Identification and Pictures
Warbling vireo is a small North American
song bird, about 5 1/2 inches, somewhat like a wood warbler.
Unlike some vireos, this one
does not have wing bands. They have a dull greenish back, olive-gray on the head,
with a light eyebrow stripe that arches above a dark
eye, and they are whitish below. Western birds have
yellow below and on the sides. They have a stout
bill, and thick blue gray legs. Male, and female
birds look the same. They are often difficult to
spot, being easier to locate by their song.
Photos by Keith Lee.
The camera I use is the Canon
Range and Habitat
vireos range across most of the U.S., and much of Canada
in summer, migrating south to Mexico, and Central America
for the winter. They like deciduous
shade trees, and mixed woods, cottonwoods, willow,
aspens, riparian woodlands, and pastures. They
prefer forest edges, and trees near river, and stream
banks. They are most often found in high tree
Breeding and Nesting
Vireos are monogamous. Breeding is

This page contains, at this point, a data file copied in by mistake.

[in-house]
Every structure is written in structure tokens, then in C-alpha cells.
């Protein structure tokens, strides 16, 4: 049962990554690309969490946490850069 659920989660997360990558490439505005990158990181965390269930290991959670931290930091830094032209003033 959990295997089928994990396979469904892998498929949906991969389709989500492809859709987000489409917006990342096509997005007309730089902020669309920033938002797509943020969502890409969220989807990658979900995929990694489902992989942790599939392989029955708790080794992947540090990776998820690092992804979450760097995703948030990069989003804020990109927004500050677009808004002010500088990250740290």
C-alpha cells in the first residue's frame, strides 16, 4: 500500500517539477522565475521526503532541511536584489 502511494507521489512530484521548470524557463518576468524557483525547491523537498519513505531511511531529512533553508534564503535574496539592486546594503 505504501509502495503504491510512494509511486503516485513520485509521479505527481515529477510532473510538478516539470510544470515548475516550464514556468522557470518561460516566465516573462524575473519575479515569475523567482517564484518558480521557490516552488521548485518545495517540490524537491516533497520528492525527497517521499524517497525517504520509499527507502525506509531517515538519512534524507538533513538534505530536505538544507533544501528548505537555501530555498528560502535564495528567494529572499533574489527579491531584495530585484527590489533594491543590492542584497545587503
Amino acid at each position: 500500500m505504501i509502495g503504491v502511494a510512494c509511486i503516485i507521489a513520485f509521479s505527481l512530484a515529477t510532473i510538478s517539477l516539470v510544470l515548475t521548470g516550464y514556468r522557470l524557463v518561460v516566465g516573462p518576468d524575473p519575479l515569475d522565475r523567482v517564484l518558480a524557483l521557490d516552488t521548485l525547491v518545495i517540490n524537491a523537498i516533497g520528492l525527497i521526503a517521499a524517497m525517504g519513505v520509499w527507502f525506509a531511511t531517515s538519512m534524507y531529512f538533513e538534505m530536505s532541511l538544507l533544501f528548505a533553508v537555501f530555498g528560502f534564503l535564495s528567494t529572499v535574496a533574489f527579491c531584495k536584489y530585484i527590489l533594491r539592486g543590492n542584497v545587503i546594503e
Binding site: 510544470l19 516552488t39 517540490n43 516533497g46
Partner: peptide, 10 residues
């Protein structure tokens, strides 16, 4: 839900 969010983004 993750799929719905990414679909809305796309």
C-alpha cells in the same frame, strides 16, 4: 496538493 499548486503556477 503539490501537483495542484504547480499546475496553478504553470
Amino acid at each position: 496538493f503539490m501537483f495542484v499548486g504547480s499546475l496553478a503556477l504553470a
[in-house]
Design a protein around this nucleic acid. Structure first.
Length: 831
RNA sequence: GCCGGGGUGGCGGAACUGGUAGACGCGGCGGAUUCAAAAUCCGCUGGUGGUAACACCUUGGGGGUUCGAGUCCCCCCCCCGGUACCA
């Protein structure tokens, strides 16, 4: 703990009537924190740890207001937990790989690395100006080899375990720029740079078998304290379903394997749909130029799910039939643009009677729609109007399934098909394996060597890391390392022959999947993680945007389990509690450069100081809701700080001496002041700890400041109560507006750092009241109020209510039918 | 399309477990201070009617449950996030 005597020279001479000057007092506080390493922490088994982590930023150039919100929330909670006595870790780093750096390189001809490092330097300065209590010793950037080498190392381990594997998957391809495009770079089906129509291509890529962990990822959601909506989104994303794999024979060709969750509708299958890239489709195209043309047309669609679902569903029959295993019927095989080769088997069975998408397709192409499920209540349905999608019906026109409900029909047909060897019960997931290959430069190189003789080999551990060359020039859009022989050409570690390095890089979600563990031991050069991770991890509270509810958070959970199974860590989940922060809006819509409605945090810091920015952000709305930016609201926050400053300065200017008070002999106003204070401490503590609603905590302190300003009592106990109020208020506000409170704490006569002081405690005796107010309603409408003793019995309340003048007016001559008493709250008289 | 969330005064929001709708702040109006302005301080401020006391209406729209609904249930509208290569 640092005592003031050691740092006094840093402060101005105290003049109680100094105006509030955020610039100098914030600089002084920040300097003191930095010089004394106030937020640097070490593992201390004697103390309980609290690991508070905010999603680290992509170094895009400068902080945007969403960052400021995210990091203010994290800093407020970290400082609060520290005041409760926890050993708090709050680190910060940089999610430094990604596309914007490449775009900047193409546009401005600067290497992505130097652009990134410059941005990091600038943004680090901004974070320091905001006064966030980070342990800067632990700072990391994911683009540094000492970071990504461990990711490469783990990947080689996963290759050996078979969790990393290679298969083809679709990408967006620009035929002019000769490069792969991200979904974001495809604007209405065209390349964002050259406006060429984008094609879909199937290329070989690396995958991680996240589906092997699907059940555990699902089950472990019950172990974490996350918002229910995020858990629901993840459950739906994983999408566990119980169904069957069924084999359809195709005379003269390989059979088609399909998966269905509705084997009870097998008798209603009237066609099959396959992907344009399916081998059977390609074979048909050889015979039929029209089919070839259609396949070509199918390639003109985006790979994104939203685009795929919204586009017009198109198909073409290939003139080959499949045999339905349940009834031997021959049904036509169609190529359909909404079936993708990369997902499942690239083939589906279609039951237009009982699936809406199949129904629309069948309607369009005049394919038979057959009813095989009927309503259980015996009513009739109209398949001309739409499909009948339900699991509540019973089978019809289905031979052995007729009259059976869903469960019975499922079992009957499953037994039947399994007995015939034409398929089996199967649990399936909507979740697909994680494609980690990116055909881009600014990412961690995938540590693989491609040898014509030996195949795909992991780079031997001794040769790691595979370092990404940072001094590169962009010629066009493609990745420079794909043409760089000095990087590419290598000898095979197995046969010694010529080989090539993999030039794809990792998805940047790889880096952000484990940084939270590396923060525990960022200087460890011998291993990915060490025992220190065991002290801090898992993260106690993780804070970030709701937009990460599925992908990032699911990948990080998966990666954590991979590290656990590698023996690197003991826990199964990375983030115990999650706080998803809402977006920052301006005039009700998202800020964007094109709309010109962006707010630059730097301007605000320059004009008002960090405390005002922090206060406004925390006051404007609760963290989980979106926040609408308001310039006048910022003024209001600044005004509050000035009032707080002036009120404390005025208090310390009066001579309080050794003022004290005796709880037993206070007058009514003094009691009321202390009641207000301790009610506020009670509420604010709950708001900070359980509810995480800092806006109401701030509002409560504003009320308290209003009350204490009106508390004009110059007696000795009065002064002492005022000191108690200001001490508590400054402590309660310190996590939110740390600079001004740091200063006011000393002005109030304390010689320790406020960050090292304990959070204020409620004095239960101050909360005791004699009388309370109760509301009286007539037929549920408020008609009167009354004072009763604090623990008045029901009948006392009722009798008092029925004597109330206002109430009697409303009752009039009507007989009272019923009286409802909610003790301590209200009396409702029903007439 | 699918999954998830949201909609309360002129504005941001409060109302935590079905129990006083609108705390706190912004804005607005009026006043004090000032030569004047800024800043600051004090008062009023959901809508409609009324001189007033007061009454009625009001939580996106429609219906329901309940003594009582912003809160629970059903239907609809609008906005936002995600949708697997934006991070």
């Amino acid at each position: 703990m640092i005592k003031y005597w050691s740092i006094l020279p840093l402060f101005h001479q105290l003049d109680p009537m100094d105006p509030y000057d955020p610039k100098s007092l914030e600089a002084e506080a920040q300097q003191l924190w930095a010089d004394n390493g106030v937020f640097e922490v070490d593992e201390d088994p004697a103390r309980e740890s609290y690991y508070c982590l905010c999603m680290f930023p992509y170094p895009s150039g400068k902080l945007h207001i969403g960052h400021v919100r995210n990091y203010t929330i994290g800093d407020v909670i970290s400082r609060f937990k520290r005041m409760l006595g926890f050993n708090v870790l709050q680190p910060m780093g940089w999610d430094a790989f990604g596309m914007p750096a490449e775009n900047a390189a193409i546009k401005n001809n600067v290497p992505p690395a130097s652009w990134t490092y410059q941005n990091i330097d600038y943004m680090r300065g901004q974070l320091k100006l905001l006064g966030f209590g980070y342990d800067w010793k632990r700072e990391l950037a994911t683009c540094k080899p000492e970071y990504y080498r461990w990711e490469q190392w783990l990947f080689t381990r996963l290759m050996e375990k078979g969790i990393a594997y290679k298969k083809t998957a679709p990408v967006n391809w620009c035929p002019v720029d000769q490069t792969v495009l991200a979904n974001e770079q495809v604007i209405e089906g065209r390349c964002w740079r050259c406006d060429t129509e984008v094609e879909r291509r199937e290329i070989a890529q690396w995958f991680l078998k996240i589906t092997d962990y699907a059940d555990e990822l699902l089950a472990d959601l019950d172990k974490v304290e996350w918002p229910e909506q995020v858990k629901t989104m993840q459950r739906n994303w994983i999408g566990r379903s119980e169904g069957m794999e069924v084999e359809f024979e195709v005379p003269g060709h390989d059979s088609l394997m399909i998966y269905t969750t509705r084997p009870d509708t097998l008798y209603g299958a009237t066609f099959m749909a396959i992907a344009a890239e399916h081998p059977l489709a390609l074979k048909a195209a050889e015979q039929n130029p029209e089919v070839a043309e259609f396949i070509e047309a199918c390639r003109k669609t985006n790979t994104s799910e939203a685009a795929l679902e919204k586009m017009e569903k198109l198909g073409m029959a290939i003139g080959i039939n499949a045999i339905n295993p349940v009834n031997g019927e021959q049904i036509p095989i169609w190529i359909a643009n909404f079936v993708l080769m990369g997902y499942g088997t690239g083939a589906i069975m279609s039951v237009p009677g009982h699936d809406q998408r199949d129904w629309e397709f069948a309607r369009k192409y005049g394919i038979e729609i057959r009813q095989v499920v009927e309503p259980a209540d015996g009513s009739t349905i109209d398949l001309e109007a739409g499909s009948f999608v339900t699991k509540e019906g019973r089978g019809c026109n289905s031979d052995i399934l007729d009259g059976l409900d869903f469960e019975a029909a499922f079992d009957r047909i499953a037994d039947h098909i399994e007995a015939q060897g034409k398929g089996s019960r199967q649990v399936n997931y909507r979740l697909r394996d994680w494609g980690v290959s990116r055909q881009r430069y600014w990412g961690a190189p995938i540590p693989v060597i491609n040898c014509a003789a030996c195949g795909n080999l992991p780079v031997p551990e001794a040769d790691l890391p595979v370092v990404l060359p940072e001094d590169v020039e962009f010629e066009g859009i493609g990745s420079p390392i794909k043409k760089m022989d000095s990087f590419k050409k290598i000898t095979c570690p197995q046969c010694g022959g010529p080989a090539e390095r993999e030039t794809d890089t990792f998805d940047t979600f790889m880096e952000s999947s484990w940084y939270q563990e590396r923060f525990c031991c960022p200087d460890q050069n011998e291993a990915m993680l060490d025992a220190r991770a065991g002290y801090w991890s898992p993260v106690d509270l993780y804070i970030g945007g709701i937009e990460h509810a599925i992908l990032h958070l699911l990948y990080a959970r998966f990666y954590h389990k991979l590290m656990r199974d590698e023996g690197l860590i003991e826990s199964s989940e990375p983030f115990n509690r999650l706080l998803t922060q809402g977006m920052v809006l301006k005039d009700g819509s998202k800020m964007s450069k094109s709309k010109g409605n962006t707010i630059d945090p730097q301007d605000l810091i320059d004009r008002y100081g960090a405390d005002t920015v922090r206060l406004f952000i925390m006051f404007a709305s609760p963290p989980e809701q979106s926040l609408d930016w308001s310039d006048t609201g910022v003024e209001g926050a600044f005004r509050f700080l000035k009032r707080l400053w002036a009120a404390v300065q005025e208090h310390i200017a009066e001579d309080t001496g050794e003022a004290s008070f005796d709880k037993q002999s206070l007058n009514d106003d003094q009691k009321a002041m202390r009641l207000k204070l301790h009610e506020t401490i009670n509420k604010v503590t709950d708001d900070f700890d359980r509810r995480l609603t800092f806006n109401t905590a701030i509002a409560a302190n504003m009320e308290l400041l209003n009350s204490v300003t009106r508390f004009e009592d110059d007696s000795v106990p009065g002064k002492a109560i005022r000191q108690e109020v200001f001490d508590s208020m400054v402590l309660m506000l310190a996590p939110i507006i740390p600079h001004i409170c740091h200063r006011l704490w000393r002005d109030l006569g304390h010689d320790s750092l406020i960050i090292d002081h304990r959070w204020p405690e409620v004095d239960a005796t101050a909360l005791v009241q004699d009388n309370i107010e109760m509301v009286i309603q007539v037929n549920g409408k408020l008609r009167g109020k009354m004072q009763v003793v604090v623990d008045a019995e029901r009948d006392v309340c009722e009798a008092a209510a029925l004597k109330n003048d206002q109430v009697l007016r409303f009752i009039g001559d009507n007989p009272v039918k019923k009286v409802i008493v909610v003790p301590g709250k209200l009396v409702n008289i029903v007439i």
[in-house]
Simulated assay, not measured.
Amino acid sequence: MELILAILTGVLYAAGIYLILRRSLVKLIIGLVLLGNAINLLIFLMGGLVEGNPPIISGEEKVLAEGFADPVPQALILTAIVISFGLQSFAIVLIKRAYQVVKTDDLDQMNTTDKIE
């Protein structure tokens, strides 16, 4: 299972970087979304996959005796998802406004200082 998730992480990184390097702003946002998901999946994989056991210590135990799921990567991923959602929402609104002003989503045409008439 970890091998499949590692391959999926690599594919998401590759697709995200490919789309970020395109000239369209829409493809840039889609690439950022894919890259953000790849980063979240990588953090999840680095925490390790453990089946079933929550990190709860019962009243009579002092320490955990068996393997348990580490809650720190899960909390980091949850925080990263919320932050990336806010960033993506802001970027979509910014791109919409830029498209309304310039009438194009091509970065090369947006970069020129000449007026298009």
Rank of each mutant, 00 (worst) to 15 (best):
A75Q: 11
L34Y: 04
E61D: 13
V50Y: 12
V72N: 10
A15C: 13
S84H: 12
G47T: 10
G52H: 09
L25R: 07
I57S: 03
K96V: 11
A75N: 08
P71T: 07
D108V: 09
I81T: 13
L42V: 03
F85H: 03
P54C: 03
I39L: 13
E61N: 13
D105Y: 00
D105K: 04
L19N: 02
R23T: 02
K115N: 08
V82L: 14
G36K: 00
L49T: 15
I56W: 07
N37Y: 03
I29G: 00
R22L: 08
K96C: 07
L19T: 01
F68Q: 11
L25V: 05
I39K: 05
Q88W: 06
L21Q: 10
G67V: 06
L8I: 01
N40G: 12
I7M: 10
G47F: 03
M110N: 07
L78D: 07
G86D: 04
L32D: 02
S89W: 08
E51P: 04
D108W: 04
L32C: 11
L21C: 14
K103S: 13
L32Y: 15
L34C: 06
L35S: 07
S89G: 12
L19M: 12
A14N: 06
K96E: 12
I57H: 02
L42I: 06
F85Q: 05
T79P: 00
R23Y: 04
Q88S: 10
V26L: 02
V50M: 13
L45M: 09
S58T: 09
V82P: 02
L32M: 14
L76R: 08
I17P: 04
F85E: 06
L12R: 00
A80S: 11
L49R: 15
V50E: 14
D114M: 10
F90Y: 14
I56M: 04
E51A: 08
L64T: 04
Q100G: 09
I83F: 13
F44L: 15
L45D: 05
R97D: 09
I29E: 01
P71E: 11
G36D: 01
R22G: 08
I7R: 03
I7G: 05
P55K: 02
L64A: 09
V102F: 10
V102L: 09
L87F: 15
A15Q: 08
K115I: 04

late May through July. Both members of a pair will
build a basket like nest that hangs from a forked tree
branch or shrub. The nest is made of grass,
leaves, bark strips, plant fibers, lichen, hair, and
spider webs. They incubate 4 smooth, white eggs
for 12 to 14 days. The male helps in incubations,
and will often sing from the nest. Both parents
will care for the young birds for around 2 weeks in the nest,
and another 2 weeks after they fledge.
Song and Call
Their song is a weak, cheerful
warble. Call note is a wheezy twee. Listen
Vireos eat insects, spiders, snails, berries, and fruit.
They forage mostly in tree tops, by hopping around
branches, and also hovering in the air to grab insects.
To learn about other
favorite birds click here.
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